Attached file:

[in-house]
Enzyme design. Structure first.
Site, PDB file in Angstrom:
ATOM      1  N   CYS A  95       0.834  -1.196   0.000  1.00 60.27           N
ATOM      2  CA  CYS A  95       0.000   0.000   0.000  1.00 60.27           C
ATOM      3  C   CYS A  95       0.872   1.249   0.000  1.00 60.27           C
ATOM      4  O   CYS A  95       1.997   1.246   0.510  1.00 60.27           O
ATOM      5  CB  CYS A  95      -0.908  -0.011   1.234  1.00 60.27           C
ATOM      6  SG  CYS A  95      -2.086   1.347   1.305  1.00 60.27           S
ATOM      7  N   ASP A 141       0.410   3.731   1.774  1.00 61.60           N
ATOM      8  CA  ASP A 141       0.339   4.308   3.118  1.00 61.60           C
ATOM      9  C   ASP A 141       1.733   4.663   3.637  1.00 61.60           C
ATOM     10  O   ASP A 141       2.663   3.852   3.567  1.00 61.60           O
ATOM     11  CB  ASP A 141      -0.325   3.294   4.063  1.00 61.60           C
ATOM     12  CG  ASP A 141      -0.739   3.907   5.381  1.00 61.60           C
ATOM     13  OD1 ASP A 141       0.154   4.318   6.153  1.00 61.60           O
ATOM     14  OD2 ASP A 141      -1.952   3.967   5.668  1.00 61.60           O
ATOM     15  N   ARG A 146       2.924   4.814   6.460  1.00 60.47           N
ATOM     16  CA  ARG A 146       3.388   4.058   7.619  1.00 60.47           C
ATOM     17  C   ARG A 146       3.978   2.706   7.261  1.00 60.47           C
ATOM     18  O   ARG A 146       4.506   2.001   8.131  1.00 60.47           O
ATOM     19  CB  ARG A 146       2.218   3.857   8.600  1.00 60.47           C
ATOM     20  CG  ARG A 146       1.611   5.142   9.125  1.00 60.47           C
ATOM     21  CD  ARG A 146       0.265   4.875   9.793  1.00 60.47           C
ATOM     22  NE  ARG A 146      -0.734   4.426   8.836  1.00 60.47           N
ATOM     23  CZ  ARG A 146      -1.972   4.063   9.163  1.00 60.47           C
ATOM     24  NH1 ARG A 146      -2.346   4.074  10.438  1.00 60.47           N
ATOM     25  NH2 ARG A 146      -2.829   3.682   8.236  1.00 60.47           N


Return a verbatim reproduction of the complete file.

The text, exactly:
[in-house]
Enzyme design. Structure first.
Site, PDB file in Angstrom:
ATOM      1  N   CYS A  95       0.834  -1.196   0.000  1.00 60.27           N
ATOM      2  CA  CYS A  95       0.000   0.000   0.000  1.00 60.27           C
ATOM      3  C   CYS A  95       0.872   1.249   0.000  1.00 60.27           C
ATOM      4  O   CYS A  95       1.997   1.246   0.510  1.00 60.27           O
ATOM      5  CB  CYS A  95      -0.908  -0.011   1.234  1.00 60.27           C
ATOM      6  SG  CYS A  95      -2.086   1.347   1.305  1.00 60.27           S
ATOM      7  N   ASP A 141       0.410   3.731   1.774  1.00 61.60           N
ATOM      8  CA  ASP A 141       0.339   4.308   3.118  1.00 61.60           C
ATOM      9  C   ASP A 141       1.733   4.663   3.637  1.00 61.60           C
ATOM     10  O   ASP A 141       2.663   3.852   3.567  1.00 61.60           O
ATOM     11  CB  ASP A 141      -0.325   3.294   4.063  1.00 61.60           C
ATOM     12  CG  ASP A 141      -0.739   3.907   5.381  1.00 61.60           C
ATOM     13  OD1 ASP A 141       0.154   4.318   6.153  1.00 61.60           O
ATOM     14  OD2 ASP A 141      -1.952   3.967   5.668  1.00 61.60           O
ATOM     15  N   ARG A 146       2.924   4.814   6.460  1.00 60.47           N
ATOM     16  CA  ARG A 146       3.388   4.058   7.619  1.00 60.47           C
ATOM     17  C   ARG A 146       3.978   2.706   7.261  1.00 60.47           C
ATOM     18  O   ARG A 146       4.506   2.001   8.131  1.00 60.47           O
ATOM     19  CB  ARG A 146       2.218   3.857   8.600  1.00 60.47           C
ATOM     20  CG  ARG A 146       1.611   5.142   9.125  1.00 60.47           C
ATOM     21  CD  ARG A 146       0.265   4.875   9.793  1.00 60.47           C
ATOM     22  NE  ARG A 146      -0.734   4.426   8.836  1.00 60.47           N
ATOM     23  CZ  ARG A 146      -1.972   4.063   9.163  1.00 60.47           C
ATOM     24  NH1 ARG A 146      -2.346   4.074  10.438  1.00 60.47           N
ATOM     25  NH2 ARG A 146      -2.829   3.682   8.236  1.00 60.47           N